When I was a kid we used to summer on my grandmother's island in Georgian Bay, Ontario. It was a beautiful place, all rocks and moss and stunted trees deformed by the west wind. There was a beach of garnet red sand and little wooden cabins with chemical toilets. (Read buckets filled with pine sol).
On many summer afternoons, storms would roll in from across the lake. We could see them coming from miles away, fierce gray bands moving ever closer. The air would crackle with electricity. Lightening would start to flash. Once we saw a whole bank of clouds rolling sideways like an ocean wave in the sky. And one year a tornado hit like a freight train and knocked down a third of the trees on the island.
The weather could be frightening. But it was also thrilling. We would stand, as kids, in the pouring rain, laughing when the hail drove us back inside... or daring each other to jump in the lake in the middle of the downpours, getting called back out by our concerned parents when the lightening got too close.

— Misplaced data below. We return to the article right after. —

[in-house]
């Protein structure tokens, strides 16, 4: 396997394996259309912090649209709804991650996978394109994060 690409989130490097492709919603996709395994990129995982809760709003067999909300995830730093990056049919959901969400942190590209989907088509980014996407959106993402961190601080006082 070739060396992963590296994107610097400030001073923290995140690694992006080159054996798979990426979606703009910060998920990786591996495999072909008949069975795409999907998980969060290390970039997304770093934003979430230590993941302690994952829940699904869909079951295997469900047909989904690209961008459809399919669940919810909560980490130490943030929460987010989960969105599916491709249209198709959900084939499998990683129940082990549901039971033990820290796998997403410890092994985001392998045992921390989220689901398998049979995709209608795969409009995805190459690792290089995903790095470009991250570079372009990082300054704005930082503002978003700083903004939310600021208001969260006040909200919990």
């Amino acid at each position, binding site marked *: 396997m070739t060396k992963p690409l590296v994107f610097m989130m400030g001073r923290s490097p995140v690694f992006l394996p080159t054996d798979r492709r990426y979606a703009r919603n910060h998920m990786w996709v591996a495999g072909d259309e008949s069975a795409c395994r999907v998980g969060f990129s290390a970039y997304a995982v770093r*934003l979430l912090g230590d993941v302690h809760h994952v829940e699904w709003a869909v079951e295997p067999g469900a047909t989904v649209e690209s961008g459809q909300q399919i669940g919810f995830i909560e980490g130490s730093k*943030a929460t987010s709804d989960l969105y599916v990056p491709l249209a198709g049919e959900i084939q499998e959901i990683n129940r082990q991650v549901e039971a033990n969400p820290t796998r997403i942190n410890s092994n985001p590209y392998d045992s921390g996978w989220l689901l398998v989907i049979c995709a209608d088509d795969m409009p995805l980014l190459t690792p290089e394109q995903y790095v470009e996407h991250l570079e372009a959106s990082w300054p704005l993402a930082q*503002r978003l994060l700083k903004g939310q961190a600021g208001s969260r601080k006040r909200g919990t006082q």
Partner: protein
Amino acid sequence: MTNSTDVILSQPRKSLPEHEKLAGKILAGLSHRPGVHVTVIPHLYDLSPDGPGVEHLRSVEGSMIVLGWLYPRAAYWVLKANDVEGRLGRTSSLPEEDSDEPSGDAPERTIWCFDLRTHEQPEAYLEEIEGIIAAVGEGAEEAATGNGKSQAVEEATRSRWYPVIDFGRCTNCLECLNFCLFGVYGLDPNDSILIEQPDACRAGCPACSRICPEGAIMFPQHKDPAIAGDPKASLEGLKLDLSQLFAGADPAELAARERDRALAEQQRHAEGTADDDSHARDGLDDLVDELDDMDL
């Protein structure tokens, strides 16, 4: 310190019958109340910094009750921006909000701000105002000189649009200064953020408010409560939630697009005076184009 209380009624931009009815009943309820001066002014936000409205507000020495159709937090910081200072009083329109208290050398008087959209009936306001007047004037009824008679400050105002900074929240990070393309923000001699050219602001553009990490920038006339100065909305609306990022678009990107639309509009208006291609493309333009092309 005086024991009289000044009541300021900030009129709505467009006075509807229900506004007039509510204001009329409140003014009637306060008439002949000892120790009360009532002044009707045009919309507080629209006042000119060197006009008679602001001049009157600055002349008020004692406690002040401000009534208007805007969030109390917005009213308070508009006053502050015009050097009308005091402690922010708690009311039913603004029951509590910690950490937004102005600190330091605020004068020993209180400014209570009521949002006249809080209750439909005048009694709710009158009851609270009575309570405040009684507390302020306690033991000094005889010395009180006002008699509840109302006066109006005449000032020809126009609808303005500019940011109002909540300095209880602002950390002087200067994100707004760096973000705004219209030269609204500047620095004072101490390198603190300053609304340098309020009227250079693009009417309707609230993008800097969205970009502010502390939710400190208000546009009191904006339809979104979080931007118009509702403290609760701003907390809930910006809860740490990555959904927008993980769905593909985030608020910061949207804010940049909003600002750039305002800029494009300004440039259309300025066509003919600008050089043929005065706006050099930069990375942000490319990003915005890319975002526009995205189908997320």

My conversion to Catholicism has been a little like that. A summer storm in the midst of what is usually a peaceful spiritual landscape. I am both excited, thrilled, and a little afraid. I stood and watched the spiritual storm coming from miles away... and as it got closer, there were moments when I wanted to run in fear, but more moments when I wanted to stand in the pouring rain and sing and shout for joy. Laughing and splashing and shouting for joy.
You have come into my life like a storm. I am soaked to the bone. Sometimes I want to run and hide. But mostly I want to shout for joy.